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FDR Franklin Delano Roosevelt is often rated by scholars as among the top three U.S. Presidents along with Abraham Lincoln and George Washington. He was the longest serving president in the history of United States winning a record four presidential elections and serving from 1933 to 1945. Roosevelt came into office at the lowest point in the country’s worst ever depression and countered it through his program for relief, recovery, and reform, famous as the New Deal. He then led America through World War II, playing an instrumental role in the defeat of the Axis Powers.

JFK took America out of recession and carried out several important reforms in the domestic front. Internationally, he was involved in several major events, most notability the Cuban Missile Crisis which threatened nuclear war between U.S. and the Soviet Union. Also known for establishing the Peace Corps and for one of the most famous quotes of American politics, “Ask not what your country can do for you… ask what you can do for your country.”

Being first is always a distinguished honor if one does it well. Barak Obama was the first African American President of America, and by many accounts he did his job well. He won for two terms and was awarded the 2009 Nobel Peace Prize for his "extraordinary efforts to strengthen international diplomacy and cooperation between people”. Obama’s Affordable Care Act revolutionized healthcare, in part by creating a program that offered insurance to people with pre-existing conditions who had been shut out of the insurance system. By 2014, the economy benefited from having 95% of the population on health insurance by mandate.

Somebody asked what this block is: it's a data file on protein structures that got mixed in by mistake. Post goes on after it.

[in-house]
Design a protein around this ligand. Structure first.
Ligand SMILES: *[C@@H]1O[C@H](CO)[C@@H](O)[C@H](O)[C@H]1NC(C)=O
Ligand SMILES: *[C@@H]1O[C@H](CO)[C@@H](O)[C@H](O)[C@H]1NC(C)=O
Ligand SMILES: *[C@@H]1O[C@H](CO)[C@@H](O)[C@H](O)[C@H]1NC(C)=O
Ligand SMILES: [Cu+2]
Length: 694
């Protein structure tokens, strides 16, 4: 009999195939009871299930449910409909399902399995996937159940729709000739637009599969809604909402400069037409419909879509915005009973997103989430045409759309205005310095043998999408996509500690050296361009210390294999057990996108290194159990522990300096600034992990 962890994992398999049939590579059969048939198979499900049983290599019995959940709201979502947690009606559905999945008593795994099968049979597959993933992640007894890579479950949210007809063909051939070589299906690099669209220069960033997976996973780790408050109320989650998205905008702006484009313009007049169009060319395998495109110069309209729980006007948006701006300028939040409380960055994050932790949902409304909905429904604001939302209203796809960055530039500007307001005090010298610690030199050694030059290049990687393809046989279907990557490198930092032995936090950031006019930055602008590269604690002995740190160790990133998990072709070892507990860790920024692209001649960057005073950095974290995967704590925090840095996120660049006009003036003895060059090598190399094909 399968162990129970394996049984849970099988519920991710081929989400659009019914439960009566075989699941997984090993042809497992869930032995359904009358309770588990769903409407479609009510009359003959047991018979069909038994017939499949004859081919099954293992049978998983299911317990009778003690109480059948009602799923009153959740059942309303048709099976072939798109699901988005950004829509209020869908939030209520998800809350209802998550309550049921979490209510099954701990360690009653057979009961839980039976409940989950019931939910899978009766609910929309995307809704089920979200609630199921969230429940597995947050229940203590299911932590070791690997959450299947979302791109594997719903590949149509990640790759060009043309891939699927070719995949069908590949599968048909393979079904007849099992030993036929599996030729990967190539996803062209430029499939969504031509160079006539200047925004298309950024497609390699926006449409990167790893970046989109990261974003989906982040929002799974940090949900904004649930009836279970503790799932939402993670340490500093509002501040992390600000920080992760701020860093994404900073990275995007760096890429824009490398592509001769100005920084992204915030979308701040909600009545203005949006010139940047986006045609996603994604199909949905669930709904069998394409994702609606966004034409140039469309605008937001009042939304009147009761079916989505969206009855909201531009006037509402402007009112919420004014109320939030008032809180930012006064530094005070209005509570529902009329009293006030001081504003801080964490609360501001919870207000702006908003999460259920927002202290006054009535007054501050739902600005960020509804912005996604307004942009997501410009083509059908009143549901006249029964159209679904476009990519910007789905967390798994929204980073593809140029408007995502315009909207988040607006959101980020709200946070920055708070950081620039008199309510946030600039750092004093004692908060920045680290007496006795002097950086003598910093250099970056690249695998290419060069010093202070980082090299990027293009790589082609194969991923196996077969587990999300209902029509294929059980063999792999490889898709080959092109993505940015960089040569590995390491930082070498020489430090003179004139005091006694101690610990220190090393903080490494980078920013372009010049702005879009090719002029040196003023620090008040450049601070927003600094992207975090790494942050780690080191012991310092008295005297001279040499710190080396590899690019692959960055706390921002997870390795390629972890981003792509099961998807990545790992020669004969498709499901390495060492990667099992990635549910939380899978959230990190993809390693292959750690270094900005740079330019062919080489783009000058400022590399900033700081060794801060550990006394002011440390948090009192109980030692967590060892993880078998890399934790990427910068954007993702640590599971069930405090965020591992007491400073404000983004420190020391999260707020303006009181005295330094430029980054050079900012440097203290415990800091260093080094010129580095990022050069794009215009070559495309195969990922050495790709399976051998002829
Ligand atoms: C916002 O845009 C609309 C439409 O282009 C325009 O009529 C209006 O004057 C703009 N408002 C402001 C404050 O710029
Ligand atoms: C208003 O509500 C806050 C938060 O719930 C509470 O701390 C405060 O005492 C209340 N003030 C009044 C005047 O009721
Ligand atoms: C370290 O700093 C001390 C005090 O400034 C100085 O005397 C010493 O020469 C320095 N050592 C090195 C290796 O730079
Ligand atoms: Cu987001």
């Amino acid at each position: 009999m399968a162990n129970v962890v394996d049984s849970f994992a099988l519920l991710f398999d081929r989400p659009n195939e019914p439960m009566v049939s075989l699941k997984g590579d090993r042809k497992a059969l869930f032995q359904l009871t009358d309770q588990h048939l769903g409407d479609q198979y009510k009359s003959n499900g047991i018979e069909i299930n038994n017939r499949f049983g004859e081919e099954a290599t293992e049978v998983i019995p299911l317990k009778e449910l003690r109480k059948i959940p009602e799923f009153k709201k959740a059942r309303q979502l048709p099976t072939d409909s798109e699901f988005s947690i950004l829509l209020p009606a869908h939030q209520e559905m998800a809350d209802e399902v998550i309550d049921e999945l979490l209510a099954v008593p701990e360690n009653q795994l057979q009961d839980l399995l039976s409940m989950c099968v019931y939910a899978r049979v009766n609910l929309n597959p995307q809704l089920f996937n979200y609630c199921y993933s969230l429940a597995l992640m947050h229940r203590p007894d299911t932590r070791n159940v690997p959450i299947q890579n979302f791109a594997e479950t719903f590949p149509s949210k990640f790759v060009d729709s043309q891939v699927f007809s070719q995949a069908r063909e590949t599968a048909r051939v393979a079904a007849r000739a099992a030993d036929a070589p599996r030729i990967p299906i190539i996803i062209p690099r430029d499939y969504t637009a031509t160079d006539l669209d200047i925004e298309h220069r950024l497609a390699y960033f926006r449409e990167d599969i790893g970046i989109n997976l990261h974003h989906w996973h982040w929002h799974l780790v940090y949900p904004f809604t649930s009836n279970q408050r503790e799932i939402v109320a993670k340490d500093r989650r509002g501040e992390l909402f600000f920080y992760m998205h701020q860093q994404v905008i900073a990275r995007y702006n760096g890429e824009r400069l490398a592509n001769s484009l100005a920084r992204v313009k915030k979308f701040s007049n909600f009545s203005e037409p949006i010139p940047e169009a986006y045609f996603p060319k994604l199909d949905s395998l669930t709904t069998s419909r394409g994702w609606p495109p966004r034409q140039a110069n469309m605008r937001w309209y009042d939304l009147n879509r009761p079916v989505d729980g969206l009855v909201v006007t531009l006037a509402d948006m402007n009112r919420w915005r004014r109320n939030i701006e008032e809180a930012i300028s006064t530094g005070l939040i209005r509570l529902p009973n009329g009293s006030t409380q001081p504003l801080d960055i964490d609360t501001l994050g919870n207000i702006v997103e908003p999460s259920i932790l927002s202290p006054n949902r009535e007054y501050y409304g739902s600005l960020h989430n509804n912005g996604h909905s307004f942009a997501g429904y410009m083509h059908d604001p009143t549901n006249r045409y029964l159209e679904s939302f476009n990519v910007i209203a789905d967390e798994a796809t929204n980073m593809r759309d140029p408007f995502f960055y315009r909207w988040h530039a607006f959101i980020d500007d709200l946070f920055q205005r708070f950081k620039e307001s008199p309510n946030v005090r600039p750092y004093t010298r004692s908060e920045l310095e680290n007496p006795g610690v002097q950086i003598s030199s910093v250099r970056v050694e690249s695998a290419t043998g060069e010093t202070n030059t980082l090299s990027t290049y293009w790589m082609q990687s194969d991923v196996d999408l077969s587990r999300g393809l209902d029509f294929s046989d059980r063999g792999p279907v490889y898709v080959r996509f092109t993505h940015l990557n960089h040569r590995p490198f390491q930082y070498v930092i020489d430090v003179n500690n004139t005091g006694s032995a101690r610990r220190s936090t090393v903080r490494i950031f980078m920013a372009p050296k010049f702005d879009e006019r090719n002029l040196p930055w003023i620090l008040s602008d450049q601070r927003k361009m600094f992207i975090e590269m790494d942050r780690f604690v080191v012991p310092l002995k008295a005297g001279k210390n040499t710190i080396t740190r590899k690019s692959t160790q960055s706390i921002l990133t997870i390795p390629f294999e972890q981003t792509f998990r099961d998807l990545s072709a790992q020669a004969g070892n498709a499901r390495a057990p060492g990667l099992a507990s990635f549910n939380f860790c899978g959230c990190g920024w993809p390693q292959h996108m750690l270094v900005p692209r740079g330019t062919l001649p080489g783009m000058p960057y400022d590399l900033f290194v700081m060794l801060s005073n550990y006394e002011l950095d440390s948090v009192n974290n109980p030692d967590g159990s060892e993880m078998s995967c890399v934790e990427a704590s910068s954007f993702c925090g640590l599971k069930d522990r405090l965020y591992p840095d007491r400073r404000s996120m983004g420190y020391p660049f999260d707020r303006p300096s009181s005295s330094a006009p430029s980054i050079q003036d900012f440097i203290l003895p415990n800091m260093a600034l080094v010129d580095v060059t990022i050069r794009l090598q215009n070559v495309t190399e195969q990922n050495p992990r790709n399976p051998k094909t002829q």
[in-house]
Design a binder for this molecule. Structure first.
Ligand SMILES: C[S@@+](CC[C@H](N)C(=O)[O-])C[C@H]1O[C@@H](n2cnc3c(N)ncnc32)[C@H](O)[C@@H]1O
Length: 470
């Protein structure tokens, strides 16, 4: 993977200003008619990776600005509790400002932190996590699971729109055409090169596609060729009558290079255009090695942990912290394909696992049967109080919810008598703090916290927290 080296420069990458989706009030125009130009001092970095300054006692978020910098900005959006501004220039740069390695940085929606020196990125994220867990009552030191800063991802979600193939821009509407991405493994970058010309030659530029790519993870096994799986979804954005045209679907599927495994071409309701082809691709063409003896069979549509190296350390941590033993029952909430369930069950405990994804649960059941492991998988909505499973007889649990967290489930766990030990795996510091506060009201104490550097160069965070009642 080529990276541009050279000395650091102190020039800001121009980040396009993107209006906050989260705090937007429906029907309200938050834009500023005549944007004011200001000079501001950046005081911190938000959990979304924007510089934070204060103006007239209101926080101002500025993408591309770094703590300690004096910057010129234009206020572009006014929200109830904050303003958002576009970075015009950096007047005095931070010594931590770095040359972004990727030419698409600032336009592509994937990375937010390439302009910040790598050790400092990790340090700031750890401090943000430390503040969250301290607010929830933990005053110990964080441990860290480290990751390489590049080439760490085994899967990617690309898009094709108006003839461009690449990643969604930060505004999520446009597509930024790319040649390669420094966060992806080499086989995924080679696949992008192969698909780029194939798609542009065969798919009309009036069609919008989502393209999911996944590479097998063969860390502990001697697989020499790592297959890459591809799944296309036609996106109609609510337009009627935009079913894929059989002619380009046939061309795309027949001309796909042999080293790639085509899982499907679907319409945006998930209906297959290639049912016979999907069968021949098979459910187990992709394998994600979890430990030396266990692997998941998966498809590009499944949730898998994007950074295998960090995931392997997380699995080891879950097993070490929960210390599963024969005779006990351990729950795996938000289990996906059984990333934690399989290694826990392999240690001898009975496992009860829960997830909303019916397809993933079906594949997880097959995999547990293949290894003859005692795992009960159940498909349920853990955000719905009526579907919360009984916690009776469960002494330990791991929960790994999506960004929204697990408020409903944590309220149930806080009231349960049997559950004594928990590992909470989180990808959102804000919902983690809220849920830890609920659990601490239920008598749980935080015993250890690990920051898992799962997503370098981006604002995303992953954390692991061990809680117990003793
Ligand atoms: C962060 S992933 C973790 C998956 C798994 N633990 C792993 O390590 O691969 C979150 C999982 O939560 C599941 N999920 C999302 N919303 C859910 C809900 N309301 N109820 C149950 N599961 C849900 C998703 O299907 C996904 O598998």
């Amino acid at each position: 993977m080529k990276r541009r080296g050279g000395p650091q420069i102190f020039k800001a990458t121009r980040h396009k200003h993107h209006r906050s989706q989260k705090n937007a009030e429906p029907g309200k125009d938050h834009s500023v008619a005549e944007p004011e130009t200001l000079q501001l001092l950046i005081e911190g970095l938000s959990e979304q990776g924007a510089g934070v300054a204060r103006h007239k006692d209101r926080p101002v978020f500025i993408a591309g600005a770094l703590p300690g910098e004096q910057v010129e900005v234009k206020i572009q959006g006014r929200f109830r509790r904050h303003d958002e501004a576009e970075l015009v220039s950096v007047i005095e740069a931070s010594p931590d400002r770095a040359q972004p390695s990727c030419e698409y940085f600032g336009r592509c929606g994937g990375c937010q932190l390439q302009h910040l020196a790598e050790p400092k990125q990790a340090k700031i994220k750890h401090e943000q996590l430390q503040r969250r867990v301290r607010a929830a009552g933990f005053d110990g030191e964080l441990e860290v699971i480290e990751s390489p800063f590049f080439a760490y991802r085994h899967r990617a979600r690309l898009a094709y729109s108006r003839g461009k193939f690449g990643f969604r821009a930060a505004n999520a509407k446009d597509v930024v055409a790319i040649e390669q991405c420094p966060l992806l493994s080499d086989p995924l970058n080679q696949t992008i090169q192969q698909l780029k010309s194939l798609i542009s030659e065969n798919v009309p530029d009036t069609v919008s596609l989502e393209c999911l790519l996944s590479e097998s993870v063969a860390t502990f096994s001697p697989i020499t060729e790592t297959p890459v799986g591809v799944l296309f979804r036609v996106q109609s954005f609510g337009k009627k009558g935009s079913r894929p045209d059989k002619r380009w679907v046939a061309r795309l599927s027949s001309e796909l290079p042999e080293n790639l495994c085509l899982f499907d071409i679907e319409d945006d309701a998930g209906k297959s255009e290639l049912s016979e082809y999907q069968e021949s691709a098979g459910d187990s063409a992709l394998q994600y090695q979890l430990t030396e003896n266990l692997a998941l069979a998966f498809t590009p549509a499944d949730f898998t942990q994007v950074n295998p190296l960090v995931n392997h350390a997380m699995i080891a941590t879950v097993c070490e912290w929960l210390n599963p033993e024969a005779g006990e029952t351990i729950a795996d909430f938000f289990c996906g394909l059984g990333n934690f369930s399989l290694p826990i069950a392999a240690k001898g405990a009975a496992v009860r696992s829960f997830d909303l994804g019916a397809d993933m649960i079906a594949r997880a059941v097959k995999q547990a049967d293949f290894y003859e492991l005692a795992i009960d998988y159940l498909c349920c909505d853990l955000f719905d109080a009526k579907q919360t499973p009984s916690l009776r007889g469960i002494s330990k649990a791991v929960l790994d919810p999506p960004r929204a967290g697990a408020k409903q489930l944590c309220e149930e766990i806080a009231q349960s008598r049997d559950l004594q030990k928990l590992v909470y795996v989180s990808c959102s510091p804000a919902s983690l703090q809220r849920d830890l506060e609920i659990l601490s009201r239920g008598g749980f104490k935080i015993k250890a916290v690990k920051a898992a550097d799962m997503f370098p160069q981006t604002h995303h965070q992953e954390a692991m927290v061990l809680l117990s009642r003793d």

Obama’s family-oriented approach to living in the White House opened the doors for many well received events and dedications that made the underrepresented American feel understood. And his impromptu singing of Amazing Grace during the eulogy for Rev. Clementa Pinckney, who was killed in a shooting at a Charleston church solidified his presidency as the peoples’ president for countless Americans.


Disservice to the Office

America’s presidency is about more than just one man boasting, “I alone can fix it”. One president assumes power upon the heels of the departing president. As such, a continuous reign of power is a peaceful transition. Other Presidents of the modern era inclusive of Jimmy Carter, George H. Bush George W. Bush, Ronald Reagan, and Bill Clinton all contributed to the shaping of our present-day democracy with a constructive resolve and each adhered to the peaceful transition of power.